S. Bierhuizen, M. Krames, G. Harbers, and G. Weijers, “Performance and trends of high power light emitting diodes,” Proc. SPIE 6669, 66690B (2007).
[CrossRef]

Zhang, W.

Y. Zhen, Z. Jiaa, and W. Zhang, “The Optimal Design of TIR Lens for Improving LED Illumination Uniformity and Efficiency,” Proc. SPIE 6834, 68342K (2007).
[CrossRef]

Zhen, Y.

Y. Zhen, Z. Jiaa, and W. Zhang, “The Optimal Design of TIR Lens for Improving LED Illumination Uniformity and Efficiency,” Proc. SPIE 6834, 68342K (2007).
[CrossRef]

Appl. Opt.

J. Opt. Soc. Am.

Meas. Sci. Technol.

P. Manninen, J. Hovila, P. Karha, and E. Ikonen, “Method for analysing luminous intensity of light-emitting diodes,” Meas. Sci. Technol. 18(1), 223–229 (2007).
[CrossRef]

Opt. Eng.

Á. Borbély and S. G. Johnson, “Performance of phosphor-coated light-emitting diode optics in ray-trace simulations,” Opt. Eng. 44(11), 111308 (2005).
[CrossRef]

Y. Uchida and T. Taguchi, “Lighting theory and luminous characteristics of white light-emitting diodes,” Opt. Eng. 44(12), 124003–1 (2005).
[CrossRef]

Opt. Lett.

Proc. SPIE

Y. Zhen, Z. Jiaa, and W. Zhang, “The Optimal Design of TIR Lens for Improving LED Illumination Uniformity and Efficiency,” Proc. SPIE 6834, 68342K (2007).
[CrossRef]

S. Bierhuizen, M. Krames, G. Harbers, and G. Weijers, “Performance and trends of high power light emitting diodes,” Proc. SPIE 6669, 66690B (2007).
[CrossRef]

Other

L. Frank, S. J. Pedrotti, L. M. Pedrotti, L. S. Pedrotti, Introduction to Optics, 3nd Edition (Pearson, ST., San Francisco, 2007)

G. Wyszecki and W. S. Stiles, Color Science 2nd Edition (Wiley, New York, 1982).

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Figures (14)

Fig. 1
Fig. 1

Schematic distribution of the intensity Iθ and the illuminance Eθ of an original source with no lens and an optical lens in far field distance

Fig. 2
Fig. 2

Analysis of white LED module by (a) microscope image at surface of slice AA’, (b) main path of rays emitted from each surface of the chip.

Fig. 3
Fig. 3

Concept to design the discontinuous surface of a Fresnel lens and the optical path difference of each case with (a) normal groove angle of 0°, (b) modified groove angle of θ degree

Fig. 4
Fig. 4

Geometrical configuration to design (a) a normal spherical lens and (b) a modified Fresnel lens for a target viewing angle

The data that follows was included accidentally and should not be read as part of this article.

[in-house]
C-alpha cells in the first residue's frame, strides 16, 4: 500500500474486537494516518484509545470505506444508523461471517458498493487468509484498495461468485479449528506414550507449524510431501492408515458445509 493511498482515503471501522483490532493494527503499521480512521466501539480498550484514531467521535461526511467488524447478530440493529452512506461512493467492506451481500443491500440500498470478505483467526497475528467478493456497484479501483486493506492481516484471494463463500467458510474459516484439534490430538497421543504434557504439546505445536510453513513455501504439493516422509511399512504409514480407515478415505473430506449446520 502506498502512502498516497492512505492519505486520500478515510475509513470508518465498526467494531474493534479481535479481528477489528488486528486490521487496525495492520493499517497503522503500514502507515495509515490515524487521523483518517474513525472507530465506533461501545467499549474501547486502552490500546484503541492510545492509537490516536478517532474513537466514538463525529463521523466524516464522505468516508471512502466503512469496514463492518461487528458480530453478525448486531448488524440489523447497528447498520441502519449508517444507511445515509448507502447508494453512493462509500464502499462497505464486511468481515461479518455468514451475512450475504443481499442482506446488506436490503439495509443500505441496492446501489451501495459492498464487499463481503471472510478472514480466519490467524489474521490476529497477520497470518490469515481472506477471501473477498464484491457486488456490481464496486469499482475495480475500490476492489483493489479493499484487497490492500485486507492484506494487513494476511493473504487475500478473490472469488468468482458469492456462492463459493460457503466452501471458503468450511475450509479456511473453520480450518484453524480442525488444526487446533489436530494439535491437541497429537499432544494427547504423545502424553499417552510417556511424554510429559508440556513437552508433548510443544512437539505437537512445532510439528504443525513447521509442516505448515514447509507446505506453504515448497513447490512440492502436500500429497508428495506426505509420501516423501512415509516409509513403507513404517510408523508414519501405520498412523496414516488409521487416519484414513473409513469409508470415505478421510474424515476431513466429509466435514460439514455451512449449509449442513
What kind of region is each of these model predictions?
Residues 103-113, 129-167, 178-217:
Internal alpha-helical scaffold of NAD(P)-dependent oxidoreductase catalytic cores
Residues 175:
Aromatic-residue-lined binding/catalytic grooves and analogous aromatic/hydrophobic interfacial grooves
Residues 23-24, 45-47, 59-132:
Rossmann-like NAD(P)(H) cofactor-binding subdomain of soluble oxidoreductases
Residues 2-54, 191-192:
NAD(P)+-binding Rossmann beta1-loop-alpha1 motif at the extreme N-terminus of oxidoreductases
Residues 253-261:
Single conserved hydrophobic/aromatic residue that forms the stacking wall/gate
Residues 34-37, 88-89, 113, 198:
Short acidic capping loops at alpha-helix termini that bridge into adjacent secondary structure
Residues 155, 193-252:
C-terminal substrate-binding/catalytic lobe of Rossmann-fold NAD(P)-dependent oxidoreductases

Fig. 5
Fig. 5

Simulation result of intensity distributions to verify corrected specifications of Fresnel lens with groove angle of 0° for each target viewing angle.

Fig. 6
Fig. 6

Simulation result of illuminance distributions of each Fresnel lens in normalized area, where r/z is 0.364, 0.577 and 0.839 at each viewing angles of 20°, 30° and 40°.

Fig. 7
Fig. 7

Optimum design process of Fresnel lens with modified groove angle for various viewing angle

Fig. 8
Fig. 8

Graph of (a) the flux efficiency, (b) the normalized deviation of illuminance, (c) the normalized deviation of color calculated at various groove angle for each target viewing angle

Fig. 10
Fig. 10

Comparison of color and normalized illuminance distribution of rays emitted from each surface of the LED source (a) without any lens, (b) with a spherical lens (c) with a Fresnel lens with a groove angle of 0° and (d) with a Fresnel lens with the optimum groove angle of 29.4° at weight ratio of w1: w2 = 0.4: 0.6

Fig. 11
Fig. 11

Comparison of the normalized deviation of illuminance and color, (a) 0.334, 0.01761 for a spherical lens, (b) 0.314 and 0.00714 for a Fresnel lens with groove angle of 0° and (c) 0.218 and 0.007 for a Fresnel lens with optimum groove angle of 29.4° at weight ratio of w1: w2 = 0.4: 0.6

Fig. 9
Fig. 9

Calculated optimum groove angles, which are 24.7°, 29.4°, 31.3° as values to be dMF/dθ = 0 at weight ratio of w1: w2 = 0.4: 0.6 for each target viewing angles

Fig. 12
Fig. 12

(a) Process flow of UV-imprinting for the fabrication of modified Fresnel lens and (b) microscope image and surface profile of the fabricated modified Fresnel lens with optimum groove angle for target viewing angle of 30°.

Fig. 13
Fig. 13

fabricated modified Fresnel lens with optimum design and accompanying LED module

Fig. 14
Fig. 14

Measured results of (a) the intensity distributions of each lens for target viewing angle of 30° and (b) the distribution of illuminance and color with the normalized deviation of illuminance and color, 0.331, 0.0214 for spherical lens and 0.214 and 0.0079 for fabricated Fresnel lens.

Tables (1)

Tables Icon

Table 1 Corrected final specifications of Fresnel lens with groove angle of 0° for the each target viewing angle.

Equations (10)

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R=snL(nL1)tanθin+tn1(nLn1)tanθinnL(tanθoutn1tanθin),
yn=R2(RnTN)2+(n1)TNtan(θgroove)   ,(n=1,2,...N),
yn'=yn+TNtan(θgroove)
Zn(y)=nTN(RR2(y(n1)TNtan(θgroove))2)   ,(yn1'<y<yn),
F1(θgroove)   =ΦθΦinput,
F2(θgroove)   =1Lavgk=1n(LkLavg)2n,
F3(θgroove)   =1(uavg,vavg)k=1n((ukuavg)2+(vkvavg)2)n,((uavg,vavg)=uavg2+vavg2),
Fi   =n=03ai,nxn(i=1,2),
f¯i(θgroove)   =Fi.maxFiFi.maxFi.minorFiFi.minFi.maxFi.min   (i=1,2),
MF   =i=12wif¯i,i=12wi=1,